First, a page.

Govardhan Eco Village, Maharashtra, India

Govardhan Eco Village (GEV) was established 12 years ago by His Holiness Radhanath Swami as a rural farm community offering spiritual education, rural development, Ayurvedic healing, environmental-sustainability R&D, and a sattvik (peaceful and spiritual) guest experience. Govardhan Eco Village is rooted in the Krishna Bhakti tradition and is a sister community to the prominent ISKCON temple in Chowpatty, Mumbai.

Over the past dozen years, GEV has developed on its 29-acre property eight acres of organic farms, a large goshala, a school for village children and orphans, a world-class Ayurveda center, a yoga center attracting students from all over the world, a brahmacari ashram serving over 100 monks, and a lush meditation forest with more than seven temples. Dotted amongst all these centers are small research and development facilities for sustainability sciences. Groundwater recharge ponds. Plastic pyrolysis plant. A plant- and soil-based sewage treatment plant. Rain-fed irrigation ponds. Biogas tanks. Giant ‘bathtubs’ for vermicompost. Heirloom crop research. Natural building methods. A center developing crop care methodologies based on ancient Ayurvedic texts.

Nutrients and energy are recycled throughout the system

The village’s 300 full-time residents are all engaged in a mix of services, from studying and teaching Sanskrit texts, to caring for cows, to turning giant piles of vermicompost, to cooking for hundreds of people, to hosting the thousands of local and international guests who visit every year. The village also has trained medical, educational, and agriculture extension staff who visit the twelve nearby villages that have been ‘adopted’ by GEV. Schools and wells have been built in these villages, and teachers and farmers trained by GEV staff. GEV is highly motivated to produce zero waste and to design everything such that it can be re-used, re-purposed, or recycled.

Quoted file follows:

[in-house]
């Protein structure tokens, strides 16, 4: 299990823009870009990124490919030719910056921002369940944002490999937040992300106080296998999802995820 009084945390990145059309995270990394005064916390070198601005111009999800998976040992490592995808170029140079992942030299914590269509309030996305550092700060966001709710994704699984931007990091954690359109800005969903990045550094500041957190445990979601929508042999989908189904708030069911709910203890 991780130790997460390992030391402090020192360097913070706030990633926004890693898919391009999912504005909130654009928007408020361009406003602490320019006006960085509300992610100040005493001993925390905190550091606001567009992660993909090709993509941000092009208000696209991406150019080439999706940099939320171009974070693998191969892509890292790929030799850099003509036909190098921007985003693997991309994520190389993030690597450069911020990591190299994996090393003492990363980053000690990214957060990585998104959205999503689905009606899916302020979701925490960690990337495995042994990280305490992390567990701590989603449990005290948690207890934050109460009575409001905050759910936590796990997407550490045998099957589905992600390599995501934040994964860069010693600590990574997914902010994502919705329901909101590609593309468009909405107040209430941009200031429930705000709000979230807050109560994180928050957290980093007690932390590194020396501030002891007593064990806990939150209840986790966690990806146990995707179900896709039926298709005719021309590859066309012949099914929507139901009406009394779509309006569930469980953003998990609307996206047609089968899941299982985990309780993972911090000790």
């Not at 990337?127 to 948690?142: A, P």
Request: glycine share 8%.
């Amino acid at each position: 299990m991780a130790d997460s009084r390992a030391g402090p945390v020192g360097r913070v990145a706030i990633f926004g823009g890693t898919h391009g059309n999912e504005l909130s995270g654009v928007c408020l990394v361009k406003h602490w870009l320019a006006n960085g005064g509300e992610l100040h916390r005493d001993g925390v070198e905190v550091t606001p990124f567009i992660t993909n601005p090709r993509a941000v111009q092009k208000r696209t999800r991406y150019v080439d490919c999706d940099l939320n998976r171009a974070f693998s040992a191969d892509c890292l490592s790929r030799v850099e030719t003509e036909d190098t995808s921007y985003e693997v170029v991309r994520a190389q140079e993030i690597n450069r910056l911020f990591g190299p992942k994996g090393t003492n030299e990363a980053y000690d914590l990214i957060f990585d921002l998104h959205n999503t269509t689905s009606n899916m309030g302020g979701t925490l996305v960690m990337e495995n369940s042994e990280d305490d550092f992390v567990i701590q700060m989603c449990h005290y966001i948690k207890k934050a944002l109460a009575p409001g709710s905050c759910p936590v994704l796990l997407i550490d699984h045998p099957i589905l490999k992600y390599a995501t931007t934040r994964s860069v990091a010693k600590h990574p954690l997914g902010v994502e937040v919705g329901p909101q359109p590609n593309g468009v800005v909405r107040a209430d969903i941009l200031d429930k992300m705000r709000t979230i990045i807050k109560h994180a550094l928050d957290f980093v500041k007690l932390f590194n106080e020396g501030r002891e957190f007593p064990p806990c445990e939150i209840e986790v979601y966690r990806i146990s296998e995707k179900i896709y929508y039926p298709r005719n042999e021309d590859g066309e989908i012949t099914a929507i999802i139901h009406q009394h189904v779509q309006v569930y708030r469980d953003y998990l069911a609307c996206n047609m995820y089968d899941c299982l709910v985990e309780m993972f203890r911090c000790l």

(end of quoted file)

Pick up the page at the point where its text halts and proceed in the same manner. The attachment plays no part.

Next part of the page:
The spiritual practices, ecological efforts, and community service of GEV are rooted in the Krishna Bhakti tradition and the community’s thoughtful efforts over the years to practice their beliefs in context of the modern world. “The ecological crisis is fundamentally a crisis of the human heart,” writes founder Radhanath Swami. While the Bhakti teachings provide a pathway to flourishing of the heart, practices like permaculture, community service, and selfless service provide a pathway to flourishing of the whole person when inspired by Bhakti. Residents of GEV attend daily arati and kirtan, study sacred texts like Srimad Bhagavatam, and participate in festivals throughout the year that celebrate the best of nature’s gifts and God’s gifts.

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